Friday, 14 March 2008

A woman PM is unlikely, why?

Came across this article from

A woman PM? Not likely, says panel

SINGAPORE: Despite the modern and dynamic image of Singapore, the idea of a woman authority figure leading the country may still be unacceptable to Singaporeans.

- Why is it unacceptable? There is a difference between unacceptable and impossible. Is the writer saying that its impossible due to the political climate in Singapore?

For example, Nanyang Technological University Professorial Fellow Koh Tai Ann said — at a forum on Wednesday discussing whether Singapore was "ready for a Hillary Clinton" — the espousing of traditional Asian values has contributed to a patriarchal culture. Even women, said Prof Koh, might think of authority figures as male. "I think we are more likely to see a non-Chinese PM first than a woman PM."

-Yes, I agree that we will definitely see a non-chinese PM first instead of a woman PM. However that to me still does not explains why women PM is impossible or what the first paragraph had said, unacceptable.

Panellist and MediaCorp editorial director P N Balji felt that the political system in Singapore did not allow women to rise to the top. "The head of the household is still the man," he said. "In Singapore, everything is directed and dictated by politics, so if that's the situation politically, then I don't think (a woman PM) will happen."

-But women are also contributing more to the economy now and many are holding onto higher management positions. Why is it that a female PM is still impossible or even unacceptable despite knowing that women can do as well as men? What is wrong with our political arena? Was it our education system?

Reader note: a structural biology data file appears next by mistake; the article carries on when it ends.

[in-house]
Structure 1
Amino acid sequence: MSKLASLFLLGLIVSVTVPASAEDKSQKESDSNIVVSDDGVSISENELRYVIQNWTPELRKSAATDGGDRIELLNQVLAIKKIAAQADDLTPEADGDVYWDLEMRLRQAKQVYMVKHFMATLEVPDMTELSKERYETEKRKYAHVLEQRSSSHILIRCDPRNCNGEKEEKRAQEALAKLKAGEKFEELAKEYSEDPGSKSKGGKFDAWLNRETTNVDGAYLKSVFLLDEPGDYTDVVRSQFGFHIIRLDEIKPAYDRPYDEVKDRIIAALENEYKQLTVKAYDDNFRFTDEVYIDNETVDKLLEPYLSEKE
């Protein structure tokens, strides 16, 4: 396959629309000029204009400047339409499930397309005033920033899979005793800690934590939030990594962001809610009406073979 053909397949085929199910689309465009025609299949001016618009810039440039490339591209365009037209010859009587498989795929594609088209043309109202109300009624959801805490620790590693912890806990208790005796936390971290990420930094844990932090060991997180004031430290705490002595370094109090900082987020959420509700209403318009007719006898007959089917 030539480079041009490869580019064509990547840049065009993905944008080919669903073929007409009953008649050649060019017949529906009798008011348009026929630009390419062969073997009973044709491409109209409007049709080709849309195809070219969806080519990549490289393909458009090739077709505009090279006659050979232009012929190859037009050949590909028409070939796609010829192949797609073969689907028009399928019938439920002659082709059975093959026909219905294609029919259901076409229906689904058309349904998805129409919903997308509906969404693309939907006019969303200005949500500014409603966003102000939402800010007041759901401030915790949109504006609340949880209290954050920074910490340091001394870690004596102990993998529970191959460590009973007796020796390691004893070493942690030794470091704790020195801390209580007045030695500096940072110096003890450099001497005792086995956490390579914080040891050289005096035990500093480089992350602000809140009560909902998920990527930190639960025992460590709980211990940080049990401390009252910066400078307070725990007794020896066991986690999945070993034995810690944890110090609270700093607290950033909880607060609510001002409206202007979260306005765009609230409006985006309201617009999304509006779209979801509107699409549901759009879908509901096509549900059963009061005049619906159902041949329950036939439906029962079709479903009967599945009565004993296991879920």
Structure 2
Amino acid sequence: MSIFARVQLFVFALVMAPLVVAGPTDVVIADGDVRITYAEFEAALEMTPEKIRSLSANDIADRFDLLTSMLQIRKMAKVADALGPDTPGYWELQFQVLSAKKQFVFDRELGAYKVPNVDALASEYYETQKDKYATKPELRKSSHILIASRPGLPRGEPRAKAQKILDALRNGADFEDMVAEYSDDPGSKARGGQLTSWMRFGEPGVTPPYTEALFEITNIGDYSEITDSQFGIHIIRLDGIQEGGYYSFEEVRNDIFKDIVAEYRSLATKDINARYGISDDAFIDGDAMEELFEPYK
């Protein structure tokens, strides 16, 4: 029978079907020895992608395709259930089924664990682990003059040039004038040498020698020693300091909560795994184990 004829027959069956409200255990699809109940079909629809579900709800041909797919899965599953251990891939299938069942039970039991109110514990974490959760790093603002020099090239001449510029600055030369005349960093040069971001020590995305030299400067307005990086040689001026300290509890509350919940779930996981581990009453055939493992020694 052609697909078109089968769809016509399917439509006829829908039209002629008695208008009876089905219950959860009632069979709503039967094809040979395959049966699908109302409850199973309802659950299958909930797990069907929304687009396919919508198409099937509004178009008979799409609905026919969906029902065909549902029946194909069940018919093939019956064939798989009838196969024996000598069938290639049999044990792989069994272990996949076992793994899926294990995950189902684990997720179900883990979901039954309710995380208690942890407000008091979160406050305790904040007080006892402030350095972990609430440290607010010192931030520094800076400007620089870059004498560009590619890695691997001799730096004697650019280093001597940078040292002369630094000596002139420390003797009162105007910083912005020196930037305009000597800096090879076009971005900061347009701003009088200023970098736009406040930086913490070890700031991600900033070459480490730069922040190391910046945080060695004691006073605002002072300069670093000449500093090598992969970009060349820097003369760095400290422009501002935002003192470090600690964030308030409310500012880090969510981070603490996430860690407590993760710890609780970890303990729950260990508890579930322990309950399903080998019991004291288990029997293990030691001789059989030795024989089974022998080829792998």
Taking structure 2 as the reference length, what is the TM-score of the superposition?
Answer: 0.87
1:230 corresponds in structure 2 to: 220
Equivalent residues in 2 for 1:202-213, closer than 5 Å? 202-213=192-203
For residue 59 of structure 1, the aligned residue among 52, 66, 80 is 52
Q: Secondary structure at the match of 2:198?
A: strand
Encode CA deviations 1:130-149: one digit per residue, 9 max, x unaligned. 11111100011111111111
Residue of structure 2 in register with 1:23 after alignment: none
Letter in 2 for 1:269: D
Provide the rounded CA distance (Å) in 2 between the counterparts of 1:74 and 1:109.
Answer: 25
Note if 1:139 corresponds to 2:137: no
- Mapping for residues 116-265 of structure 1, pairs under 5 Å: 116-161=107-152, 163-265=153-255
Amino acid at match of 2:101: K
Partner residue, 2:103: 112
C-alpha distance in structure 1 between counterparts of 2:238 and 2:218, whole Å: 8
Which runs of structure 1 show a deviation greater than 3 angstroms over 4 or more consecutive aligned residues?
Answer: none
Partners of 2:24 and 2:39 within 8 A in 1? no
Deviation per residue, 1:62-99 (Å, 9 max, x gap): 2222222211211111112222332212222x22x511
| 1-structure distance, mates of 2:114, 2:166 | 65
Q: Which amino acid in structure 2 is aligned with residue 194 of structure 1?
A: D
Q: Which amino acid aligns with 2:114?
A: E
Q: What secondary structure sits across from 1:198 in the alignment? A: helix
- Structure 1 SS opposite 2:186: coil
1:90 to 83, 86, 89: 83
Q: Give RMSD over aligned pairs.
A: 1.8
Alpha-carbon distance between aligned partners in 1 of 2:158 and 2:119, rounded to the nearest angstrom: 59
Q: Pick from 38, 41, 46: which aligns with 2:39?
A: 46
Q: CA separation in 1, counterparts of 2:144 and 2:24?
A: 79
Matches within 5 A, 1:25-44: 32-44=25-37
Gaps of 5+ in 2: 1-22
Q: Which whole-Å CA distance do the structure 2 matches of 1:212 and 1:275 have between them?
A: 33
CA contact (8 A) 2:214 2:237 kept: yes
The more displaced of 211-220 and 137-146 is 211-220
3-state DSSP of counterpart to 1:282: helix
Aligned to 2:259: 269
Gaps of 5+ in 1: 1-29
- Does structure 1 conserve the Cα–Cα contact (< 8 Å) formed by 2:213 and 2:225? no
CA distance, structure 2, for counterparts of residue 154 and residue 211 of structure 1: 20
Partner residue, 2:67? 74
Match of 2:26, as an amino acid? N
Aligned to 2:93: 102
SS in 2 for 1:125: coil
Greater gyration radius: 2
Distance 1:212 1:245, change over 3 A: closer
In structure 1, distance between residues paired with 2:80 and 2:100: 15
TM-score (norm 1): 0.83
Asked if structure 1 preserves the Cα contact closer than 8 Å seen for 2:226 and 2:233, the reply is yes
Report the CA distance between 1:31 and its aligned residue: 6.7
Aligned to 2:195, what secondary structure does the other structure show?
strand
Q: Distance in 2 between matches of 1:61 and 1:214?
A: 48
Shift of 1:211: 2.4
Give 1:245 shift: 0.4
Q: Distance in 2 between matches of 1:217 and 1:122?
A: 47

At the forum, organised by the Association of Women for Action and Research (Aware), former Nominated Member of Parliament Braema Mathi credited Non-Constituency MP (NCMP) and Workers' Party chairman Sylvia Lim as an example of a woman who has taken on the challenge of entering politics.

"It's difficult to lead an opposition party in Singapore," she said, and for a woman to do so and also take on the duties of a NCMP was something that "didn't come too often for Singapore".

-Yes, I definitely take my hats off to Miss Sylvia Lim and agree that heading an opposition party is not easy and this is especially so in Singapore.

Other women politicians cited by participants include former Senior Minister of State for Education Aline Wong and Dr Seet Ai Mee, who became the first woman office holder in 1988 as the Minister of State for Community Development and Education.

Still, one audience member asked why it was that while women held leadership positions across many sectors in Singapore, politics appears to be one field where women have yet to find such acceptance — there has never been a woman Cabinet Minister and women make up just 19 per cent of the 94-member House.

Women appeared to be unwilling to come out and claim a place for themselves in politics, said writer and former Aware president Dana Lam, a panellist. "How many women are willing to go for it and take up the challenge … the will doesn't seem to be strong enough," she said.

Ms Mathi, however, argued that the issue of inspiring people to enter politics was a gender-neutral question and not a women-specific issue. To take part in politics, one had to join a political party or form one and it was equally challenging to motivate either sex to do so, she said.

The forum kicked off Aware's The ThinkBox series, where a dialogue session will be held every other month to discuss issues of gender equality and understanding.

-Which is why in my election speech for Youth Wing Executive Council, I hope to see more women coming forward to find out more about politics. This is our country, the place you want to have your family in, the place that you want to call home.

Therefore, come on and make things right if you think that they are currently wrong! Take the first step, be curious, take part, don't think that you cannot do much. You could be the one that is going to make the change!

And if our third world neighbours can have women leaders, why can't us?

Read this too: Are we ready for a Hillary Clinton in Singapore?

And the women who had made history in politics: International Women's Day Part 1, Part 2, Part 3 and Part 4.

1 comment:

Anonymous said...

I will vote and support you if you become our first Lady PM.

Secret Supporter.

Thank you for visiting